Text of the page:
I believe, however, "the better practice" would be for this Court to adhere to long-standing principles of law when it comes to apprising the jury of the result of a prior proceeding. Under the law (as it stood before the majority's holding), if either party mentions the results of a defendant's prior trial, such comment is improper and warrants mistrial. As a consequence, the trial court's finding that Healy both knew the comment was improper and intentionally made it provides a sufficient basis for mistrial and thus for contempt as an interference with the "administration of justice." OCGA § 15-1-4(a)(1).

(b) In addition, to support reversal, the majority uses the following flawed analyses which have the potential for long-range damage:

(i) There is no requirement in the statute that a trial court "warn" counsel or wait for counsel to "defy" an order of the court before the trial court may exercise control of misbehavior in the courtroom through contempt powers. OCGA § 15-1-4(a)(1). The cases upon which the majority relies deal with OCGA § 15-1-4(a)(3) relating to disobedience of the court's orders or directives. Here, we deal with OCGA § 15-1-4(a)(1), intentional misbehavior in the presence of the court, in asking a question that could mistry the case; as such, Healy's conduct interfered with the administration of justice and was subject to contempt.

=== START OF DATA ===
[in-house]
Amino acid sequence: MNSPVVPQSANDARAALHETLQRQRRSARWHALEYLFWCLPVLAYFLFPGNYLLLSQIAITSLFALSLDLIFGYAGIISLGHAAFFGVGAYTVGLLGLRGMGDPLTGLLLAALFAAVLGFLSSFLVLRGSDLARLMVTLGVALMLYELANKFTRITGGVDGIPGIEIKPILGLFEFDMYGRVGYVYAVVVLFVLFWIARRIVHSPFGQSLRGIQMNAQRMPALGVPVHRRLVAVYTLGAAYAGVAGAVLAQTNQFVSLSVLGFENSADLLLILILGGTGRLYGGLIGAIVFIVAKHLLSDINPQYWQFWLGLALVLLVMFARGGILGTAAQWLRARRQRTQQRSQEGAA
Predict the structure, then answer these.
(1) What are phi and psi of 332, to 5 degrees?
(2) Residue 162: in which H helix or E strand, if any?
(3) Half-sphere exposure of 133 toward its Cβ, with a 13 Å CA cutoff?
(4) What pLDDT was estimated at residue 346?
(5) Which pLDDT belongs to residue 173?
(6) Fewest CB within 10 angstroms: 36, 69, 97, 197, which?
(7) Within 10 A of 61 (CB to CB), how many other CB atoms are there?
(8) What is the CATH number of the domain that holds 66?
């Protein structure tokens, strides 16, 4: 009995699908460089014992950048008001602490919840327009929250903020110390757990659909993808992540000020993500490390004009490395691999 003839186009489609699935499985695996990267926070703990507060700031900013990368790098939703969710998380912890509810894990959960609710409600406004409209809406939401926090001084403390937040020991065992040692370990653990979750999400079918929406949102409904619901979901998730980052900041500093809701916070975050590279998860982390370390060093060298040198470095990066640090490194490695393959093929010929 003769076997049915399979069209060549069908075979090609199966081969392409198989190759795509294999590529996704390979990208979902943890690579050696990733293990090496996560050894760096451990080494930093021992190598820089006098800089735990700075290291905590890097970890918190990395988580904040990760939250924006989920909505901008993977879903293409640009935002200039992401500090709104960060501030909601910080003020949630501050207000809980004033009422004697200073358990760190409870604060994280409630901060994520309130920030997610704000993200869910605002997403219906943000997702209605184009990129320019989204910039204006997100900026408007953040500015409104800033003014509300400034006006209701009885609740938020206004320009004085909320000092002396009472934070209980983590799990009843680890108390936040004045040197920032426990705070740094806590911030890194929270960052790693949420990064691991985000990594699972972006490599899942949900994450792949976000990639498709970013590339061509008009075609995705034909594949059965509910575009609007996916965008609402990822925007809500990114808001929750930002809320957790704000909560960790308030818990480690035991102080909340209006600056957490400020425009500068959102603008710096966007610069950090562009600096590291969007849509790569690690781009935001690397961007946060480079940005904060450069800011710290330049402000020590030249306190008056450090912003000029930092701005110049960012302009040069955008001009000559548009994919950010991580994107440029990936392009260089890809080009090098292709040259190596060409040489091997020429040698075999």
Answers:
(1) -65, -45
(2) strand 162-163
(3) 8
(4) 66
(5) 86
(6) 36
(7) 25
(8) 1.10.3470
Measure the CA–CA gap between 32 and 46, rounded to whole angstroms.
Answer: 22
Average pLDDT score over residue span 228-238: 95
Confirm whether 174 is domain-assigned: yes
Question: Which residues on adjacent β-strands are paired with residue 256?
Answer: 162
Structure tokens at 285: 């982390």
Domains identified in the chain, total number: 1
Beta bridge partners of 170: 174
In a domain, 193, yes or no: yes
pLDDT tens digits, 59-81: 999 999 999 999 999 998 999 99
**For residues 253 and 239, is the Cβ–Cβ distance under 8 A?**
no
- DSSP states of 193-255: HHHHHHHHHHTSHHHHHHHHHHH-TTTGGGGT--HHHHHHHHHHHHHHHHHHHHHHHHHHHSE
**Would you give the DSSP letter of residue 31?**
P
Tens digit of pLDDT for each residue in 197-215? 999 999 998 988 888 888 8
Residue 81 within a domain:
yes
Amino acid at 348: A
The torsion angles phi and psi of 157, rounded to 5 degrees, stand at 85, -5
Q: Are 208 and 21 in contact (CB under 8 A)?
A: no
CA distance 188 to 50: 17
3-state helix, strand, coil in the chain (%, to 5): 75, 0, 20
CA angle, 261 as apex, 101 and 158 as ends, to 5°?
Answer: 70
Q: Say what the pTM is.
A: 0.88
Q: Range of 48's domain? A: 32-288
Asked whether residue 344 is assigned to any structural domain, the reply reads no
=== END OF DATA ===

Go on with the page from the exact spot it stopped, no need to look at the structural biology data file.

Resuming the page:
For the majority to meld the two subsections together and graft onto OCGA § 15-1-4(a)(1) a requirement that a trial court cannot correct intentional misbehavior which could result in mistrial unless it is in defiance of an order or warning is to endorse chaos in the courtrooma chaos that this Court does not have to live with. This implicit holding in the majority opinion does immense damage to the judiciary, violates the statute, and should be a cause of deep concern.

(ii) The majority's "harmless error" analysis is inappropriate in reviewing a contempt conviction. Such analysis is a hindsight evaluation of the effects of Healy's deliberately improper comment but does not address the trial court's statutory right to punish Healy for such intentional, impermissible conduct under OCGA § 15-1-4(a)(1).

(iii) The fact that Healy's intentional comment on the results of the prior trial used the *621 term "not convicted" instead of "not guilty" in no way makes the comment proper. The prohibited result was the same. Healy deliberately apprised the instant jury that another jury"searching for the truth"did not convict his client in a previous trial. The purpose was to influence the current jury's consideration of Sperry's testimony, as Healy conceded at trial.[5]